|Title:||Thermostatistical distribution of a trophic energy proxy with analytical consequences for evolutionary ecology, species coexistence and the maximum entropy formalism||Authors:||Rodríguez, R.A.
|UNESCO Clasification:||24 Ciencias de la vida||Keywords:||Ecosystem ecology
Ecological state equation
|Issue Date:||2015||Journal:||Ecological Modelling||Abstract:||Conventional thermodynamics and statistical mechanics deal with the study of physical systems under equilibrium conditions (EC). Internal EC at a temperature that differs from the environment temperature are sustained, in general, by some type of artificial boundaries imposed with research aims or with quotidian utility goals in many kind of domestic appliances; the typical example of academic lab is a closed system immersed in a thermal bath which keeps the temperature constant. However, the ecosystem is a far-from-EC open system. Therefore, conventional thermodynamics and statistical mechanics tend to be orthodoxly regarded as limited to explain the ecosystem functioning since, at the first glance; there seem to be several essential functional differences between it and the previously-mentioned kind of physical systems. This viewpoint averse to conventional physics is paradoxical in regard to the current ecological paradigm given the fully thermodynamic foundation of ecosystem ecology. However, additional evidence in favor of the usefulness of conventional physics to describe the ecosystem functioning have recently been published, pointing out to the possibility that the analytical approach to ecology based on our undergraduate knowledge of physics, unfortunately, could have been hastily neglected before producing its most valuable results. This paper, fully based on the above-mentioned evidence, performs an unavoidable additional step in order to complete such a proposal by showing that the Boltzmann distribution of molecular energy values can be simply and successfully adapted to model the distribution of values of a proxy for trophic energy across an increasing gradient of energy levels, in a very similar fashion to that of a standard trophic pyramid. Starting from this result and by using a balanced combination between plausible theoretical considerations and abundant empirical data, we analyze why this approach is in agreement with well-known ecological principles, at the same time that we explore the general empirical advantages and aftermaths derived from this suggestion. Finally, the article explores the usefulness of the thermo-statistical modeling of eco-kinetic energy per plot to understand those essential physical factors that: promote biological evolution, facilitate species coexistence, can explain the holes in the fossil record, and enhance our current viewpoint about the ecological meaning of entropy. In summary, this article provides simply understandable additional information that indicates, despite its far-from-EC nature, any natural ecosystem is not far away from the most orthodox principles of conventional physics.||URI:||http://hdl.handle.net/10553/106645||ISSN:||03043800||DOI:||10.1016/j.ecolmodel.2014.10.017|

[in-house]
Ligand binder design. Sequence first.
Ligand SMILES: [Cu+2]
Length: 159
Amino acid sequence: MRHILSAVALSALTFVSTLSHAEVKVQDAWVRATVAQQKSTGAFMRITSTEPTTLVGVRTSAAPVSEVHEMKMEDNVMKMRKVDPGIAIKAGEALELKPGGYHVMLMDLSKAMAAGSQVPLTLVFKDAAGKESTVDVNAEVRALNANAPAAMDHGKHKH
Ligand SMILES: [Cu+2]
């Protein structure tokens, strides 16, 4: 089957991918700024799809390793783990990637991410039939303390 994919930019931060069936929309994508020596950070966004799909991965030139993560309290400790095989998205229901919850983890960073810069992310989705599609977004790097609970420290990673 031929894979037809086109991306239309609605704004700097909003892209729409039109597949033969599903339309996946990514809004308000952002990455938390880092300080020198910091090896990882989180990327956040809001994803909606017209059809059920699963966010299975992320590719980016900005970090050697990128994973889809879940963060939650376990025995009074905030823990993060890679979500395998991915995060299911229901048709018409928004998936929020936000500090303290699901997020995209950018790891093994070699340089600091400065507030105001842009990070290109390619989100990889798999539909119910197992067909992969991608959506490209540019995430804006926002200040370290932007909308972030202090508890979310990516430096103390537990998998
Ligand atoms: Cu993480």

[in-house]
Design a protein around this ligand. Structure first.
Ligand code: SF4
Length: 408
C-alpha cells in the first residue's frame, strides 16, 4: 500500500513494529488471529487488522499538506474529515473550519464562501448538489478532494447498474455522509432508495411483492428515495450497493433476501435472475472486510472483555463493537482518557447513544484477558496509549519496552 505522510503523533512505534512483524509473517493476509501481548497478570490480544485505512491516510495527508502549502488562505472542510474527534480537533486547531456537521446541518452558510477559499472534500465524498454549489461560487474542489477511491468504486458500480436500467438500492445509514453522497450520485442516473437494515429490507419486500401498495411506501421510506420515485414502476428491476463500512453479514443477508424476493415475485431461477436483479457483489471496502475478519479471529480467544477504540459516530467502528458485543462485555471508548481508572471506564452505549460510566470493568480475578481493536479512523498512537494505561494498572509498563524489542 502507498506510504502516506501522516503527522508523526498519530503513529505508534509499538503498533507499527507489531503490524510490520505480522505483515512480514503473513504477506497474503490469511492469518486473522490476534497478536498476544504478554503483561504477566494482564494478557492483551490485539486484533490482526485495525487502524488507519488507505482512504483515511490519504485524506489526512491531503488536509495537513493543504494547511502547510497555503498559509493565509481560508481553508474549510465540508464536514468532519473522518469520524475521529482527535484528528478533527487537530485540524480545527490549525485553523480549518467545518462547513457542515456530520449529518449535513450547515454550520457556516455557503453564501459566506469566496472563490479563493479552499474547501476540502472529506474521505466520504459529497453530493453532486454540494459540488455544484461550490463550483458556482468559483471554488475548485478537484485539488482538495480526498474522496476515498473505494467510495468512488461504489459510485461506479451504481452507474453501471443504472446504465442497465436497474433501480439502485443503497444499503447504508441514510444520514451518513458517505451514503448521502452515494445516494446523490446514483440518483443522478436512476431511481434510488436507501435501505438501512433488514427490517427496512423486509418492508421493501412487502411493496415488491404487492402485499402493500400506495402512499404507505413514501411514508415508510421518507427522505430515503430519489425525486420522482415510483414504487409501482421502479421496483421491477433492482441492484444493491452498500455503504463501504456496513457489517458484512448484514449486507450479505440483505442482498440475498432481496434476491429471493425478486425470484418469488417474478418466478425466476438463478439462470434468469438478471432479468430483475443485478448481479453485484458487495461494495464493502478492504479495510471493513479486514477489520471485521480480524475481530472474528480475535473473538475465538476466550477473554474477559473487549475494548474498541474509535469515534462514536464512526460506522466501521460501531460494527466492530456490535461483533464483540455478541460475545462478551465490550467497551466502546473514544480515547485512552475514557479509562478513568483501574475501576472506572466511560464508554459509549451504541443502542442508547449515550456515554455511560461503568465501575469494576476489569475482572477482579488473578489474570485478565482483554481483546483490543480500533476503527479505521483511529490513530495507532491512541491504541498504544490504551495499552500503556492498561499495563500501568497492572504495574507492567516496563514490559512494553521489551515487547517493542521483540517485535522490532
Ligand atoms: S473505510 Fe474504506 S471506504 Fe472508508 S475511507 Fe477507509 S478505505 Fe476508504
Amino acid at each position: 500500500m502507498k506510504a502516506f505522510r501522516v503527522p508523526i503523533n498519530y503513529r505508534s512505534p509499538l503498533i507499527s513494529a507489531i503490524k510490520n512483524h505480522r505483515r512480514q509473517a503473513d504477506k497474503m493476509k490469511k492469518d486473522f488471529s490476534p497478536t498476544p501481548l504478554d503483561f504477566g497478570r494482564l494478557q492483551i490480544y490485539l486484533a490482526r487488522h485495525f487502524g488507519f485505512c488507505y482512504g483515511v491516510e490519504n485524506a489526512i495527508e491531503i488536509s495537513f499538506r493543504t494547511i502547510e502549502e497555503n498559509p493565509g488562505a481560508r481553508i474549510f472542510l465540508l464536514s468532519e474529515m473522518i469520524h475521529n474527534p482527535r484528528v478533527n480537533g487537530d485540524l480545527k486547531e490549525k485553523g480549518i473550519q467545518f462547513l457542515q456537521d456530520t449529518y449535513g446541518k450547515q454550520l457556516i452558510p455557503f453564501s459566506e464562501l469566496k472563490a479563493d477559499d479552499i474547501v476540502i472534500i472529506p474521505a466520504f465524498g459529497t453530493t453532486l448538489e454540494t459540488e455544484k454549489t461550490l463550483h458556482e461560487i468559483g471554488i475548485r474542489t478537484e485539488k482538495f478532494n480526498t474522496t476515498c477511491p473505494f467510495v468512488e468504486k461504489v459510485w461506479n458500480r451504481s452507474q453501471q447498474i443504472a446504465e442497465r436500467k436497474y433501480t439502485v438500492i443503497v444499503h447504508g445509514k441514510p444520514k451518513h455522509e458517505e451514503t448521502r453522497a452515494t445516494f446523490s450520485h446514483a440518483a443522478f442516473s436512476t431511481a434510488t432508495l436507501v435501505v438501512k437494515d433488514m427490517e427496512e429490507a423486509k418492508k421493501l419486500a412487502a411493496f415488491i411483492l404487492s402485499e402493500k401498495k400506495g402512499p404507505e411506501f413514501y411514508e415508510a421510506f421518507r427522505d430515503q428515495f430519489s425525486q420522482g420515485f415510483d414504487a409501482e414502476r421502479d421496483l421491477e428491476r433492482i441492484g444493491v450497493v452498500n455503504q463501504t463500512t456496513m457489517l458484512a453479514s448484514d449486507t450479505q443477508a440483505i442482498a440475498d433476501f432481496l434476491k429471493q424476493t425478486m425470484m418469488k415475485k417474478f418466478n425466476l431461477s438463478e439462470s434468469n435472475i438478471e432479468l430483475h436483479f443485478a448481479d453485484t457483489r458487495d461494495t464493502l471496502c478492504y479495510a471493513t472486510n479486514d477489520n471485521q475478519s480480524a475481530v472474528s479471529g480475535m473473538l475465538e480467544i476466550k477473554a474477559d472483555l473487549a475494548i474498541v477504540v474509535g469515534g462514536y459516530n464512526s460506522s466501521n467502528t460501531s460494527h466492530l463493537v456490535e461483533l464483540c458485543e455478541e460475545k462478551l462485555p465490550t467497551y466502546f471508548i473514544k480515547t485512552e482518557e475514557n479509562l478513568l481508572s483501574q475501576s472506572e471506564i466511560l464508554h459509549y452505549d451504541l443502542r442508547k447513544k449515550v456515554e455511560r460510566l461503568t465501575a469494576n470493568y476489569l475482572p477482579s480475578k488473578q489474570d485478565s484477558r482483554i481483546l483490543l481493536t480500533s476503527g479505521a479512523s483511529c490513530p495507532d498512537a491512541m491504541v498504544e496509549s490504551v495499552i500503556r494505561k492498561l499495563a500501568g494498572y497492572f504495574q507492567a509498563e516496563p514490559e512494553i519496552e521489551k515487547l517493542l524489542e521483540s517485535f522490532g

|Appears in Collections:||Artículos|
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